The International O.K. Corral

international-okThe shots heard ’round the world … the “Gunfight at the O.K. Corral.” Those shots still reverberate today in the world of politics, sports and gun battles in our modern neighborhoods.

The phrase “Gunfight at the O.K. Corral” has been shortened to just “O.K. Corral” and has become a ubiquitous expression found in newspapers from Asia to Europe and back to the U.S. where the gunfight actually took place. One doesn’t have to be a Western history buff to understand the significance of the phrase. Numerous books and movies have told the story of Wyatt Earp, Doc Holliday and the gunfight on the streets of Tombstone on October 26, 1881.

People of all ages are familiar with the street fight that lasted nearly 30 seconds in a 15-foot lot and left three cowboys dead, Morgan and Virgil Earp wounded, and Doc grazed. Included below are examples of how the modern press utilizes the O.K. Corral.

In a Pittsburgh Tribune Review article, published on October 16, 2005, and titled “Bashing Miers: It’s ingenuine [sic] considering the reality,” Heather S. Heidelbaugh reports, “The conservative establishment should seriously question whether it has the votes of the seven Republican members of the Gang of 14 senators who, in May, held hands with seven Democrat senators and signaled their unwillingness to have a conservative showdown at the OK Corral.”

George Bush is a target from Belgium when de defensa reports on October 7, 2005 (translated), “The Bush administration, facing any crisis, automatically reaches for its guns as if it were always poised at some eternal OK Corral.”

An article about an election in the Philippines in the Manila Standard, November 24, 2004, sports the headline, “Gunfight at OK Corral.”

The furor over choosing a new Supreme Court justice to replace Sandra Day O’Connor with Judge Samuel Alito resulted in the following quote of U.S. Senator Lincoln Chafee in the Pawtucket Times, November 1, 2005, “This is the showdown at the OK Corral.”

Sports is a favorite place to use the gunfight analogy. BBC Sport’s July 29, 2005, article by John May, “Lancashire relish shoot-out,” about the game of cricket, begins with: “Transplant the OK Corral to south London and substitute the Earps and the Clantons for Lancashire and Surrey.” Another cricket article from the United Kingdom refers to the gunfight at the O.K. Corral in a game between England and Australia.

One of my favorite modern usages comes from The Decatur Daily Religion, August 27, 2005, in which James L. Evans writes, “In Tombstone, the sheriff may go down to the OK Corral and shoot the bad guys before they get out of hand. But the vision of Jesus suggests that we try to overcome evil with good, not with more evil.”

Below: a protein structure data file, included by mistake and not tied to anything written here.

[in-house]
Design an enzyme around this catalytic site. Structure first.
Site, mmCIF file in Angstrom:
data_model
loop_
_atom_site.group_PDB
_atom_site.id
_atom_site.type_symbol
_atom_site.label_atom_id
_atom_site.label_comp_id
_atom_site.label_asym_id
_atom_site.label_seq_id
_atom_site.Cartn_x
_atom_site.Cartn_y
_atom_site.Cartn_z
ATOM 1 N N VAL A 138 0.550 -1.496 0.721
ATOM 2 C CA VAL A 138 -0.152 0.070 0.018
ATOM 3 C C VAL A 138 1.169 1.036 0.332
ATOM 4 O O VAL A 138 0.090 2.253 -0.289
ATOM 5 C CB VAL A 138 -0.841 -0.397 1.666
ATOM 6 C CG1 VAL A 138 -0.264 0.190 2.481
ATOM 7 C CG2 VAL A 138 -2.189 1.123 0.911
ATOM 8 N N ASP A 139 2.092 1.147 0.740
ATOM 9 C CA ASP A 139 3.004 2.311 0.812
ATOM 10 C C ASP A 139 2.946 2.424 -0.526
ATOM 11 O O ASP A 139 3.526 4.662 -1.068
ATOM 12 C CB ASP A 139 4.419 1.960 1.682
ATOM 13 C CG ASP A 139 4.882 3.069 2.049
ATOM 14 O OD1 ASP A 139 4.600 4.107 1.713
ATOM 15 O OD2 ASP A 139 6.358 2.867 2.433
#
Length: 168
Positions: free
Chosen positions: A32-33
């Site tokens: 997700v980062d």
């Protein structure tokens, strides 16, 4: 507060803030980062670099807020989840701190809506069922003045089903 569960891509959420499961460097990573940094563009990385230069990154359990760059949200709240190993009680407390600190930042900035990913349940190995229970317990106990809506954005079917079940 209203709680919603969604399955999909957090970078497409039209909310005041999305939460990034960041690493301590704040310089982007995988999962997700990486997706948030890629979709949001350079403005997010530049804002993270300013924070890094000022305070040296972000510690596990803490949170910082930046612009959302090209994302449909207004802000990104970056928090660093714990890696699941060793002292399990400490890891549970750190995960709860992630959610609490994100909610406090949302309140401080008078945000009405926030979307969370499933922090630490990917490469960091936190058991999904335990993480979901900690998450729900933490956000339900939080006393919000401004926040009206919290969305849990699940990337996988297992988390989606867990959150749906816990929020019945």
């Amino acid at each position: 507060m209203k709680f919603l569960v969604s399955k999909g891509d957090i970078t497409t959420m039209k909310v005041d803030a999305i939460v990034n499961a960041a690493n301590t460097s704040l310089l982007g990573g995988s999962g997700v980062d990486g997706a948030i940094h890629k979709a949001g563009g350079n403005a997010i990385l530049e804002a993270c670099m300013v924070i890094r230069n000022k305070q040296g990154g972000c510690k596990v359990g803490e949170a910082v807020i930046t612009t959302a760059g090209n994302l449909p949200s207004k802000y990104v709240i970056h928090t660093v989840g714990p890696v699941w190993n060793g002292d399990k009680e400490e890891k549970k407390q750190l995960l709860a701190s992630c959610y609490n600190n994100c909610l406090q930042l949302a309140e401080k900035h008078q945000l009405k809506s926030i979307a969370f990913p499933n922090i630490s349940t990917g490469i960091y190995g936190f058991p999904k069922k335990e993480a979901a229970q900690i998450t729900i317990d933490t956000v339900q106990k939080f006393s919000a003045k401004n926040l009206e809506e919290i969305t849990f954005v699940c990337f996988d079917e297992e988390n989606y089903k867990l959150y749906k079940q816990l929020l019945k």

Here is a new use of the gunfight analogy. This one refers to getting rid of spam, something that definitely did not exist in 1881. And again, we have the reference from our friends across the pond who had highwaymen but no cowboys. An article from ZDNet UK, referring to Internet security and the work done by Spamhaus, an anti-spam organization, quotes Ed Gibson chief security advisor for Microsoft UK, “It’s like the Wild West out there. It’s the O.K. Corral.”

Violence Old West-style is one of the more common usages of the gunfight scenario. On September 17, 2005, the News Journal in Wilmington, Delaware, reported in a story about a slaying trial that Deputy Attorney General Karin Volker said, “The city streets aren’t the O.K. Corral.” The statement was also made in closing arguments during a murder trial. Seems murder plus shootings in streets bring to mind Tombstone’s famous street fight. Mention of the O.K. Corral creates a clear mental picture in the courtroom.

The London Free Press of October 13, 2005, reports a story about a questionable search of a vehicle after the driver was found to be wearing not one but two bulletproof vests. The judge made a comment that the officers must have thought the suspect “might be going to the gunfight at the O.K. Corral.”

The O.K. Corral has clearly become a modern-day euphemism for verbal altercations, acts of aggression, real-time shoot-outs and competitive sporting events. News stories in Ireland, India, the Philippines, Indonesia and South America have referenced Tombstone’s famous shoot-out. Who would have expected that an 1881 gunfight on the dusty streets of a mining town would become an international motif?

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